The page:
Institute for War and Peace Reporting | Giving Voice, Driving Change

Rehab Kazak Style

Roadside beatings and bleak rehabilitation camps are favoured treatments for drug addicts in Kazakstan.
By Edward Poletaev

Under a blazing summer sun, dozens of teenage drug addicts will soon be labouring in the desert sands of southeast Kazakstan, far from city centres and beyond the reach of the narcotics they crave.


Organisers of the "charitable rehabilitation centre" at Pribalkhash, 160 miles from Almaty, reckon the surrounding harsh terrain will deter even the most enterprising of dealers from trying to reach the camp.


Some of the addicts might even consider this brutal regime preferable to life in a big city where vigilante gangs regularly hunt down drug users and administer savage beatings with implicit police approval.


It is all part of a pattern in which addicts are being systematically dehumanised by a population fearful that narcotic addiction is spreading like a plague throughout Kazakstan, bringing HIV and other scourges in its wake.


"Drug addicts are no longer human beings," one vigilante gang leader told IWPR. "Such people steal, betray the love of their parents and sacrifice friendship just for another fix. They're capable of anything except being cured. If they're allowed to move around freely they would spread addiction to even more youngsters."


The Pribalkhash reservation is not the first experiment of its kind. The project leader, Ermak Alimkhodjaev, claims to have previously achieved "spectacular results ". This is just one of many programmes set up with the approval of President Nursultan Nazarbaev to treat and rehabilitate addicts.


Some top officials remain sceptical that any of their efforts are doing any good. "So far the struggle is being carried out only on paper," said Serikkali Mukanov, chairman of the anti-narcotics committee at the justice ministry. He said that lack of coordination among the various


institutions condemns their efforts to failure.


Official figures show 42,367 registered drug addicts being treated by 409 qualified specialists. Mukanov believes the real number could be up to 10 times higher. In addition, analysts note a direct correlation between the growth of drug addiction, the increase of HIV and the rise in crime. These statistics appal the general population, who feel threatened by the addicts.


The state has long recognised the dangers of drug use but lack of state funds and scarcity of qualified specialists have permitted the problem to spread unchecked. Because of this some experts see the desert camps as a last resort. Political analyst Eugene Larionov told IWPR that behind the good intentions of rehabilitation lies a fervent wish to sweep "socially dangerous elements" out of sight.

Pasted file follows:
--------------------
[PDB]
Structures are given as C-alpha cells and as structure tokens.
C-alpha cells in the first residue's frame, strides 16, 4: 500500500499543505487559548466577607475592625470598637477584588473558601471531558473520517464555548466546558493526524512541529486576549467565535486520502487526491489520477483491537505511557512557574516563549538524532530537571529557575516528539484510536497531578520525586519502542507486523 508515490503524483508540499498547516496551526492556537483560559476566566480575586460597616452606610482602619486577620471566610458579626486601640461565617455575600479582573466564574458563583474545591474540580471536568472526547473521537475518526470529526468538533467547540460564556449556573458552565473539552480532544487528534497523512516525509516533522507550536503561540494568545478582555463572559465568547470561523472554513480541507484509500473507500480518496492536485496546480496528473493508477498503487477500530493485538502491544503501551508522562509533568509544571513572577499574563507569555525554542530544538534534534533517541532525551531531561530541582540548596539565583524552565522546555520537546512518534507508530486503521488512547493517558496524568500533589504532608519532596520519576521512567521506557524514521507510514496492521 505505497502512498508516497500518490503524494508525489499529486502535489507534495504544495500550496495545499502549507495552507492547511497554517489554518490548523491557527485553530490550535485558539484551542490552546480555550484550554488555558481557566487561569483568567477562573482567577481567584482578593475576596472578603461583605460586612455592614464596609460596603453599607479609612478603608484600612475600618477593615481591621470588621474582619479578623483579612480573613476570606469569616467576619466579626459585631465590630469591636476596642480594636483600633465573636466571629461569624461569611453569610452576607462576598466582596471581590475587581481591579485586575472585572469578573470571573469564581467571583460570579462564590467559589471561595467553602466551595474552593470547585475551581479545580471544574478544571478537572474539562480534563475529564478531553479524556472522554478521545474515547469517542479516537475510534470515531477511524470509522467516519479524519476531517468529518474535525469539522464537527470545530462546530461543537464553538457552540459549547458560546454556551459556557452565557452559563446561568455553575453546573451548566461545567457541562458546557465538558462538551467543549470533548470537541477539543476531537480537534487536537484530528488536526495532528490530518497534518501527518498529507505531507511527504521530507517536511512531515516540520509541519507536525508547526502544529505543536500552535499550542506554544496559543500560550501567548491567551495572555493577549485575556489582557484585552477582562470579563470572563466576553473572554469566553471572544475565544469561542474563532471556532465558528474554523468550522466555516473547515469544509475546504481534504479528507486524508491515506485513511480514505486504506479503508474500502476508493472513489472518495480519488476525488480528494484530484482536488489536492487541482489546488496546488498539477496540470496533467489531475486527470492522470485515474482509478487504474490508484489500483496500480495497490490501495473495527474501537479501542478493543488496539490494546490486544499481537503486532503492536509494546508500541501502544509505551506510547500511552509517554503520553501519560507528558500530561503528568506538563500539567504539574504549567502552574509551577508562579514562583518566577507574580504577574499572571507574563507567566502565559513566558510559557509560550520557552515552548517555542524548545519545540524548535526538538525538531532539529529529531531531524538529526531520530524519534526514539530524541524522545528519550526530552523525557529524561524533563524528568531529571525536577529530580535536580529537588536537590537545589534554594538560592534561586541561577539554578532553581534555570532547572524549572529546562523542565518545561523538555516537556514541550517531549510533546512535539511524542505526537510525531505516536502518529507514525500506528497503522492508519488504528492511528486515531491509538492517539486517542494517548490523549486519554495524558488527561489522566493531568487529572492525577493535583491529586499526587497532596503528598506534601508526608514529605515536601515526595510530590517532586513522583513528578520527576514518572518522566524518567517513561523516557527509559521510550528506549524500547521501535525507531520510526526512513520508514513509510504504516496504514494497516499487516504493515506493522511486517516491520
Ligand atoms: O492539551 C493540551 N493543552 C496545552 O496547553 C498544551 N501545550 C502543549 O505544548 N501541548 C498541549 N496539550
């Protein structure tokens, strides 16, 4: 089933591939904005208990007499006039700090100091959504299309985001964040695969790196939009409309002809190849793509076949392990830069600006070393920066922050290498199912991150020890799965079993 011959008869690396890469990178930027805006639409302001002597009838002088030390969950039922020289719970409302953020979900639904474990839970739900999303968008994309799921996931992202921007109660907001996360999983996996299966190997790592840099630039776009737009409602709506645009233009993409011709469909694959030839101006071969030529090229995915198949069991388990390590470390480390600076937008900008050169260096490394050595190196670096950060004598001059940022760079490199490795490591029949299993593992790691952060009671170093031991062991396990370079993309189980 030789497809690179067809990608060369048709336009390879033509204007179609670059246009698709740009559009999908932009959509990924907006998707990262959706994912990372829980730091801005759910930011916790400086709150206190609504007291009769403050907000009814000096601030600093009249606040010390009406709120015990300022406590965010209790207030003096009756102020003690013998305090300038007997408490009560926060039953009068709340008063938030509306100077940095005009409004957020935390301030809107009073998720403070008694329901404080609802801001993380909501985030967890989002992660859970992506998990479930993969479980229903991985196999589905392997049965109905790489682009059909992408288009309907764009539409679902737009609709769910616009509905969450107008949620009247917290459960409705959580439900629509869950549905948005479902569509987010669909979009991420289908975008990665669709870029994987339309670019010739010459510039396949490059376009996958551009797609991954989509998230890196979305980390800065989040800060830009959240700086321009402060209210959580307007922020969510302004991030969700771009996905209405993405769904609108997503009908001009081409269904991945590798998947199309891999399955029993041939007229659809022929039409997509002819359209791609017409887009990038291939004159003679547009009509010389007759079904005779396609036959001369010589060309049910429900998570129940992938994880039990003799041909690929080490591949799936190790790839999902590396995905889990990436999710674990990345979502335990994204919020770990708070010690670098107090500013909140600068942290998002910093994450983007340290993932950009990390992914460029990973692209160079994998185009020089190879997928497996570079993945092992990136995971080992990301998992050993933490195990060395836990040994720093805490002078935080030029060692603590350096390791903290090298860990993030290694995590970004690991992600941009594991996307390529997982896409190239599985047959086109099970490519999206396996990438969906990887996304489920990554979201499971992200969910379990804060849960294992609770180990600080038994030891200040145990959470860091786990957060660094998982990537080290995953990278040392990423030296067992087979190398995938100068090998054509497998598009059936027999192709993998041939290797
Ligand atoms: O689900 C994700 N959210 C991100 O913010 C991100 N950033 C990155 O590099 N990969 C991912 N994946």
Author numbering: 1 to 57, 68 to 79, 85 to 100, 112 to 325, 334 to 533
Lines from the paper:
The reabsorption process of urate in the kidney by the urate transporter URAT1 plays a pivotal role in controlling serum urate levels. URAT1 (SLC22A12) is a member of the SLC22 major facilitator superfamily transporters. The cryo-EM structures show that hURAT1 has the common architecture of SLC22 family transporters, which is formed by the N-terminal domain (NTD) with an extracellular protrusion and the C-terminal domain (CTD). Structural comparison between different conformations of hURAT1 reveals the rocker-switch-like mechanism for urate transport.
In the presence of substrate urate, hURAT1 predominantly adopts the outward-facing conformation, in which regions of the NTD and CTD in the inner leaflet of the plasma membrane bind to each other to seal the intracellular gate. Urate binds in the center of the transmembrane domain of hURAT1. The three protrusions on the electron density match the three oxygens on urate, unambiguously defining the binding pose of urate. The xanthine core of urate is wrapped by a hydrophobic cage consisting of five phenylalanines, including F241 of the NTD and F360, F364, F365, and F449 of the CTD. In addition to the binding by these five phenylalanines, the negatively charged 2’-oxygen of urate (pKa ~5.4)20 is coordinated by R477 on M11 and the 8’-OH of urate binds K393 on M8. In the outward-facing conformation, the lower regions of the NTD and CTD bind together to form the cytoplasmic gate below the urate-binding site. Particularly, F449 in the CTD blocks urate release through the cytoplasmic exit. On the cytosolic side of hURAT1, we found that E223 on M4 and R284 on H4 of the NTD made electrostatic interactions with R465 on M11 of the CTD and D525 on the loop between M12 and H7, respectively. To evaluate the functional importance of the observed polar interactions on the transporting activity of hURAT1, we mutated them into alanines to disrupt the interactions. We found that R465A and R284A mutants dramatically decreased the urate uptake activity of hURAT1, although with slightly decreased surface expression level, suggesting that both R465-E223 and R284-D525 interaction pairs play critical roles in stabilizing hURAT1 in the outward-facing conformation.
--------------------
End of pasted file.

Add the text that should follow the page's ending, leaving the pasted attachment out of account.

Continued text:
Hatred of addicts is reaching new highs. Vigilantes believe that to beat one up is a good deed which benefits society. There are so called "clean" territories, where drug-addicts are forbidden to venture. However, most of the animosity is directed against users of hard drugs like heroin.


One student from Almaty, Olga Kostomarova, said it was practically impossible to meet a drug addict in the street during daytime. They are afraid they will be caught and beaten," she said. "They move around the city only at night." Olga knows about drug-addicts - her brother has


been one for six years.


With the government seemingly unable to deal with the drugs problem, hundreds of newly appeared psychotherapists, therapists and secular healers, with no real knowledge and experience, are doing good business out of treating addicts.


Quack treatments, denounced by professional doctors, are being offered for 3,000 US dollars a time. Few addicts can afford this but Vladimir Sheveliov, whose son Vitaly is addicted, sold his car to pay for treatment by a "well-known healer". Vitaly said, "The result came to zero. I still inject."


IWPR surveyed a number of drug addicts from well-off families, who have gone through full rehabilitation courses at the clinic of Dr Nazaraliev from Kyrgyzstan, currently rated the most authoritative doctor on the territory of the CIS. But many of those who've received treatment there have relapsed.


Faced with such examples and urged on by an inflammatory media, public opinion increasingly takes the view that placing addicts in harsh, isolated camps is the only solution. Professional doctors and drug experts together with close friends and relatives of addicts are opposed to the treatment.


"My husband has been an addict for seven years but I will not agree to having him banished to the wilderness," said Anastasia, a cook in an Almaty kindergarten. "I don't think any camp can help him and he will not be cured until he himself wishes it."


For the moment, addicts have little choice. Spending time in an isolation camp may seem a grim prospect, but the alternative is to face the risk of vigilante beatings.


Erbol Jumagulov and Eduard Poletaev are regular IWPR contributors.


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